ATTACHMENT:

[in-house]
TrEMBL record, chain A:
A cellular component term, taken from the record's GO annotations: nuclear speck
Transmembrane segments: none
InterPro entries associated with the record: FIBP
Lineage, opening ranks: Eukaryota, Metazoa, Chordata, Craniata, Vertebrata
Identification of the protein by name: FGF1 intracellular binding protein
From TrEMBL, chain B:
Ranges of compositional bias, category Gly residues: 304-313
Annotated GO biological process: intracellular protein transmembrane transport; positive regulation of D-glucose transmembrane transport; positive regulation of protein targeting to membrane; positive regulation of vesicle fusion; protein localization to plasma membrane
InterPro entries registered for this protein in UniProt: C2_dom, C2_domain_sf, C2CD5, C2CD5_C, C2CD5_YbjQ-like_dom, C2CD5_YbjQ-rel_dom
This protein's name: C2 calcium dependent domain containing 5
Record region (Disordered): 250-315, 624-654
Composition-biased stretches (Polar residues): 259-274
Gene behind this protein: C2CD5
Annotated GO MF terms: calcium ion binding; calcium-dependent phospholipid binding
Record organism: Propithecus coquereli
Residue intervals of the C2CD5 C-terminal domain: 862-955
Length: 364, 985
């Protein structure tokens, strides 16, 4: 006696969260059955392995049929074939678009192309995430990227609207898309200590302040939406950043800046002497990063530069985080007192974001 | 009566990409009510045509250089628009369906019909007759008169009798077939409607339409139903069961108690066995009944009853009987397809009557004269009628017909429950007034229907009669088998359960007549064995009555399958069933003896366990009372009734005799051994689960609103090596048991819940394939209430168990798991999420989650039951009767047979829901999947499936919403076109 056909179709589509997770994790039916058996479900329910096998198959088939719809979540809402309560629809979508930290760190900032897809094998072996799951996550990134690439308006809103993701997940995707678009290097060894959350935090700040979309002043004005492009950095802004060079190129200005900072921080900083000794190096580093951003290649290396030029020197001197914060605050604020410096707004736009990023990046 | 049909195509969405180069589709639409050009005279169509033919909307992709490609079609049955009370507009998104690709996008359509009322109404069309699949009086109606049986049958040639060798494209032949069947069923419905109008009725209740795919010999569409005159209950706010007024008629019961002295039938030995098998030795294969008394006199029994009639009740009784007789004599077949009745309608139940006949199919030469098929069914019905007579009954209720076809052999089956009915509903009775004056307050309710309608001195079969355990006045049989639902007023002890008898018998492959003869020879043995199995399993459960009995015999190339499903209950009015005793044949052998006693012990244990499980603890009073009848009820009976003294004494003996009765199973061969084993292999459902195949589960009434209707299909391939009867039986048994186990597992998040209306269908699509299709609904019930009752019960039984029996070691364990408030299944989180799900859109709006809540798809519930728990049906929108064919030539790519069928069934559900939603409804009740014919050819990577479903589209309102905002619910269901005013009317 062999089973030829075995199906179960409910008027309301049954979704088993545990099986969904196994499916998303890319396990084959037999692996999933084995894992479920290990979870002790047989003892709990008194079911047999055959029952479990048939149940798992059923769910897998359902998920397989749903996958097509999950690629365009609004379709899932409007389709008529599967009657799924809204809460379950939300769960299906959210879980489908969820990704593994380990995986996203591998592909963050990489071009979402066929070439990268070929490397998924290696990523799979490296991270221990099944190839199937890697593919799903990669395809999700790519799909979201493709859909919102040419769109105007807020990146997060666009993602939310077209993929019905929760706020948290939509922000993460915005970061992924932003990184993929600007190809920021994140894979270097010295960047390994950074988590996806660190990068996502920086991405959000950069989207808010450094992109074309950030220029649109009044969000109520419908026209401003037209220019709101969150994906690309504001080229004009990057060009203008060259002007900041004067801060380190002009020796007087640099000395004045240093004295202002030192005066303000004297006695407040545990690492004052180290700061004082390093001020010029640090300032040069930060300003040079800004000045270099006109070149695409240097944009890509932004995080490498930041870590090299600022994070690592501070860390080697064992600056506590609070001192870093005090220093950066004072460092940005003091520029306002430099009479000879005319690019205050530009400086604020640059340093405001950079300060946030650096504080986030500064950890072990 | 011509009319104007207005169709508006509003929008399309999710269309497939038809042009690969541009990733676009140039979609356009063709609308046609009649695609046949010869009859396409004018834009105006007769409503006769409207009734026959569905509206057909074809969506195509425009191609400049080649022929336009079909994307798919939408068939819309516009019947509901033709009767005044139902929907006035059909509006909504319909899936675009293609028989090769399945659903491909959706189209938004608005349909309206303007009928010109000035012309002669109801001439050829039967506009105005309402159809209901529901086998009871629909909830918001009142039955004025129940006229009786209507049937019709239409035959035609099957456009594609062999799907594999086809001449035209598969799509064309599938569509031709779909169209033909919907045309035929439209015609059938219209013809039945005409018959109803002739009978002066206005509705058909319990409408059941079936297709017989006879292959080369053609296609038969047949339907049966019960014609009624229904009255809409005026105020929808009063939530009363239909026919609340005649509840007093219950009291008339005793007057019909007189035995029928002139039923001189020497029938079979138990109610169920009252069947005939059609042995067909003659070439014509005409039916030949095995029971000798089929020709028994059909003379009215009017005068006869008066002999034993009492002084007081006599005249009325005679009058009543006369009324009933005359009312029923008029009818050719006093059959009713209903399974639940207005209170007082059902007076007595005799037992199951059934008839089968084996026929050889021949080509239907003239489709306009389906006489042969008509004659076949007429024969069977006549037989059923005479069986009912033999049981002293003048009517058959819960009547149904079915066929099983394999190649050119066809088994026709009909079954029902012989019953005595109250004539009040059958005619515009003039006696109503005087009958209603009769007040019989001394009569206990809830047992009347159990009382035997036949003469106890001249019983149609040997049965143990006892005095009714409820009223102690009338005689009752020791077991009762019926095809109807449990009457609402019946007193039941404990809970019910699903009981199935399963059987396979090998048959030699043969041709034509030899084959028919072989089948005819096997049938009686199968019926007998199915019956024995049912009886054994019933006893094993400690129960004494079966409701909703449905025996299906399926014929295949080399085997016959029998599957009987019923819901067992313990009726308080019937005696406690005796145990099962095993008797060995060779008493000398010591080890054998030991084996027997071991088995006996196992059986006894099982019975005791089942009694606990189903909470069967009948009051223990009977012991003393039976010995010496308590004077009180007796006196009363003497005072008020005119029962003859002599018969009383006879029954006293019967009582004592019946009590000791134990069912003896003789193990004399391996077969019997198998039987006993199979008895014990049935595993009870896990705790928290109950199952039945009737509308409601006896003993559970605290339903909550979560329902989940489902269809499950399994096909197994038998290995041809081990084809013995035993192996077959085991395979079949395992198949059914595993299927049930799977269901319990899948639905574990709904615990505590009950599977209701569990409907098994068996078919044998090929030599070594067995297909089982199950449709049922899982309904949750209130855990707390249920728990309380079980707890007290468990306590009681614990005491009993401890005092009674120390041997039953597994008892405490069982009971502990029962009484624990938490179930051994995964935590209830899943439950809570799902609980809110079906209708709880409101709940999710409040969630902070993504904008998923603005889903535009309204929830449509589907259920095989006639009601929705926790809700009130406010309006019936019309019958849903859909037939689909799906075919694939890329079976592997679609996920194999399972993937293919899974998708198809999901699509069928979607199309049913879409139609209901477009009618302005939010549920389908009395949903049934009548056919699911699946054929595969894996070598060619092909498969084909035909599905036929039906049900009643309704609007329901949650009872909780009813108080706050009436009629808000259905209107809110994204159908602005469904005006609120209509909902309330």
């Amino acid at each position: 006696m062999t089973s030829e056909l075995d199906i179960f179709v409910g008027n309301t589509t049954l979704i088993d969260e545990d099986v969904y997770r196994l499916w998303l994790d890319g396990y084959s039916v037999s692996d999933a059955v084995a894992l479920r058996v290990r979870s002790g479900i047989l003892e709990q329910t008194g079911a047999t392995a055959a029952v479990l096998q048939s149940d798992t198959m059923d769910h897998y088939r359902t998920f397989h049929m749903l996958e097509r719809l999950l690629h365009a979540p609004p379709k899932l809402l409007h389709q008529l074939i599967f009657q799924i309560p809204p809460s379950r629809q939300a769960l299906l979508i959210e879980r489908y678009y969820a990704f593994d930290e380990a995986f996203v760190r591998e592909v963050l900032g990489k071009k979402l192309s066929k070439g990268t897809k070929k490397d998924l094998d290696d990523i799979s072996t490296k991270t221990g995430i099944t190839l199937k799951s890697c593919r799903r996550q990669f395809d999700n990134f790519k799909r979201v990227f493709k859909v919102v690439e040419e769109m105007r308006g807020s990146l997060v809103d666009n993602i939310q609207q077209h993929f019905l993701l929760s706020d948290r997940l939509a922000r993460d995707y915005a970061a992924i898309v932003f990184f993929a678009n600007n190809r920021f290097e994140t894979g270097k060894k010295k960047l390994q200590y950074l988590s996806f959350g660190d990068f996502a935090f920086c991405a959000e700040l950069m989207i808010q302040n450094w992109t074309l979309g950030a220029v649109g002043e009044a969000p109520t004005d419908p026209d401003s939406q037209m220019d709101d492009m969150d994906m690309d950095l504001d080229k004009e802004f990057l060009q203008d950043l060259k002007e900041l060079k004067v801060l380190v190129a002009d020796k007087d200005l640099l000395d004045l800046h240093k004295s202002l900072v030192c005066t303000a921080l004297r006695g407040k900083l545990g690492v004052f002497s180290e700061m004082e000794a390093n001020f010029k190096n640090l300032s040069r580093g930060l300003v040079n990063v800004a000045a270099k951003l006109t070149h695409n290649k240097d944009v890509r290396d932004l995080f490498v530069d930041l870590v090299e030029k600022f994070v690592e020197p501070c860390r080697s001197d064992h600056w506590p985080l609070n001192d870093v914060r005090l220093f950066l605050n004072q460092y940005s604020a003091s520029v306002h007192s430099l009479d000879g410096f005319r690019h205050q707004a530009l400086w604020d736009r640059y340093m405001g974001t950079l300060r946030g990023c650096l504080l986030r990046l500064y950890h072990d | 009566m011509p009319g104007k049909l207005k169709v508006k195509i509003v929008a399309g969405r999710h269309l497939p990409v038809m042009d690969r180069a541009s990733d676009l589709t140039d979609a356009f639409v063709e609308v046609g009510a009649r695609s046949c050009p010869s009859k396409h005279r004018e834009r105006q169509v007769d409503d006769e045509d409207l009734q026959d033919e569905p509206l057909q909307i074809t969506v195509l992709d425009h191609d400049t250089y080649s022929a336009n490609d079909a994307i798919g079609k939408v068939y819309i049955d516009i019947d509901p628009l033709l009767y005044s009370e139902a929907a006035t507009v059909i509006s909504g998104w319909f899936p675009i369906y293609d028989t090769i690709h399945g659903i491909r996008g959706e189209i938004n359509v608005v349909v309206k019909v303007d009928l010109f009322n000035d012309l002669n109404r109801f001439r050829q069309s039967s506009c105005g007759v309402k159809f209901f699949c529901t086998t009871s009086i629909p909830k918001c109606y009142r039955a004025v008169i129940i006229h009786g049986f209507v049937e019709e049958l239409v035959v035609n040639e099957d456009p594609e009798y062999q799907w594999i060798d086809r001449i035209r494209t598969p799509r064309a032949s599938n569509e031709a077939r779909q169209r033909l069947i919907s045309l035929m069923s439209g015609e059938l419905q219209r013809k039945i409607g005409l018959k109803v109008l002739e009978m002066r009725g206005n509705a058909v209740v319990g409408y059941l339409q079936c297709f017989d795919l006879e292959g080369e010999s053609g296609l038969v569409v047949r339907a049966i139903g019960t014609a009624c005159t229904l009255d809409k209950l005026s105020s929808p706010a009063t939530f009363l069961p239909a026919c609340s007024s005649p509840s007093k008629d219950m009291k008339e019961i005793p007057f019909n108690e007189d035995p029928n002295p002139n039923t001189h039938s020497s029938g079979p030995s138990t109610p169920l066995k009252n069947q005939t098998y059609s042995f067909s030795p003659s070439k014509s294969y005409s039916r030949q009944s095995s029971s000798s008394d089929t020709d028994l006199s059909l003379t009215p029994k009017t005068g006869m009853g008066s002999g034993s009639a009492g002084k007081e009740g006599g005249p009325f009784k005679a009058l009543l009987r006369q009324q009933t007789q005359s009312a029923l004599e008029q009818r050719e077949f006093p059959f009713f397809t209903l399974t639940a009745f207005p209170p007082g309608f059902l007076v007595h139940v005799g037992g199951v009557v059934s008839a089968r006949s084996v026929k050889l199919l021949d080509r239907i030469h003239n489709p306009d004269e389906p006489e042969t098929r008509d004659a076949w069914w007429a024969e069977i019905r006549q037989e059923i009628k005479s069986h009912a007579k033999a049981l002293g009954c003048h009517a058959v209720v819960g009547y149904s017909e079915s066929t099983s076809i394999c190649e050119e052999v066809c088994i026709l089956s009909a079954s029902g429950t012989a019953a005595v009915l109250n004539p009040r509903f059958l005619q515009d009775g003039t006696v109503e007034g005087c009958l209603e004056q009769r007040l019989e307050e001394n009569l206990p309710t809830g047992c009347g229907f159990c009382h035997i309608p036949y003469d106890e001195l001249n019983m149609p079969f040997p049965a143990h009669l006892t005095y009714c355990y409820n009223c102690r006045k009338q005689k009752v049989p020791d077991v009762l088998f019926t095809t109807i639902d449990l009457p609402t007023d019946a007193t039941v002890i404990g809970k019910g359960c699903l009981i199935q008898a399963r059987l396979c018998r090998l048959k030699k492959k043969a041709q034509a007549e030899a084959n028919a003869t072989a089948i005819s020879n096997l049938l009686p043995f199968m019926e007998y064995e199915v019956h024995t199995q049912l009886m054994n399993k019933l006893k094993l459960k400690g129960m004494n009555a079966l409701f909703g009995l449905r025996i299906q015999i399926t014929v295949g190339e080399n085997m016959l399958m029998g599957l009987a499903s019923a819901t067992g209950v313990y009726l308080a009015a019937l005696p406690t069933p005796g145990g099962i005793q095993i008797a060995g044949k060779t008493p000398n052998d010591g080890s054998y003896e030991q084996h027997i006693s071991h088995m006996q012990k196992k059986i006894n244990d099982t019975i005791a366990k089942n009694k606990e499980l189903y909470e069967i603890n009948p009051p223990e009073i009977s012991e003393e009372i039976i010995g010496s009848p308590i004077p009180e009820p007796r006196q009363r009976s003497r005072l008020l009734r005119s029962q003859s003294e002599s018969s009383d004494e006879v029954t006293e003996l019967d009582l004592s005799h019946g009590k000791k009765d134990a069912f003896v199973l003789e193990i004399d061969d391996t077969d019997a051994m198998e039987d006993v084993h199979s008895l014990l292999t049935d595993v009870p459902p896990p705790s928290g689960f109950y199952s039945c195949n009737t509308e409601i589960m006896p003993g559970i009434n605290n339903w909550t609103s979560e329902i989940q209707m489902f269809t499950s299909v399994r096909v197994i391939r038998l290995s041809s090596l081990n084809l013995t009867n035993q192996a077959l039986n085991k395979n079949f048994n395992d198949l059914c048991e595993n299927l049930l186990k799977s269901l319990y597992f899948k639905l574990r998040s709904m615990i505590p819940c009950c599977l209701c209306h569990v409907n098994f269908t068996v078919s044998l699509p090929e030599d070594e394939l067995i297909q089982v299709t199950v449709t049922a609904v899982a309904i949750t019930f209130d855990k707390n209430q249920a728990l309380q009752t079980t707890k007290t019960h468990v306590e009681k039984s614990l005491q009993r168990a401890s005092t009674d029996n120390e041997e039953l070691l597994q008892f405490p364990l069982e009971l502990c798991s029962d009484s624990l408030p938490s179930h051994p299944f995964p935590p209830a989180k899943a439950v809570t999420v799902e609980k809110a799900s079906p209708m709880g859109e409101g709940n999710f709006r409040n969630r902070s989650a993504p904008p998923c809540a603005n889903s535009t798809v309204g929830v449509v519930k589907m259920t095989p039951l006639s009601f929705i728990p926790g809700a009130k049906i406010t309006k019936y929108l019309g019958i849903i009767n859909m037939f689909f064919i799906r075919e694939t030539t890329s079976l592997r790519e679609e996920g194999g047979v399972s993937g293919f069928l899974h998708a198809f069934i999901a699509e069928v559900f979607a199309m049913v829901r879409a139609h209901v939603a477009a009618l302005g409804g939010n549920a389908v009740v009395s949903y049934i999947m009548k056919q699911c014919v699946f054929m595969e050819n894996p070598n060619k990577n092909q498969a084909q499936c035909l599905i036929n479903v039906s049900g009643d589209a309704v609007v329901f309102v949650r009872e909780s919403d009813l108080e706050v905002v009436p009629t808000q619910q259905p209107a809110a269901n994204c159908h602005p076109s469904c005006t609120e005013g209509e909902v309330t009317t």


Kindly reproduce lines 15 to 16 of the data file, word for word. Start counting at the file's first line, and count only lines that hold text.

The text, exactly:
Gene behind this protein: C2CD5
Annotated GO MF terms: calcium ion binding; calcium-dependent phospholipid binding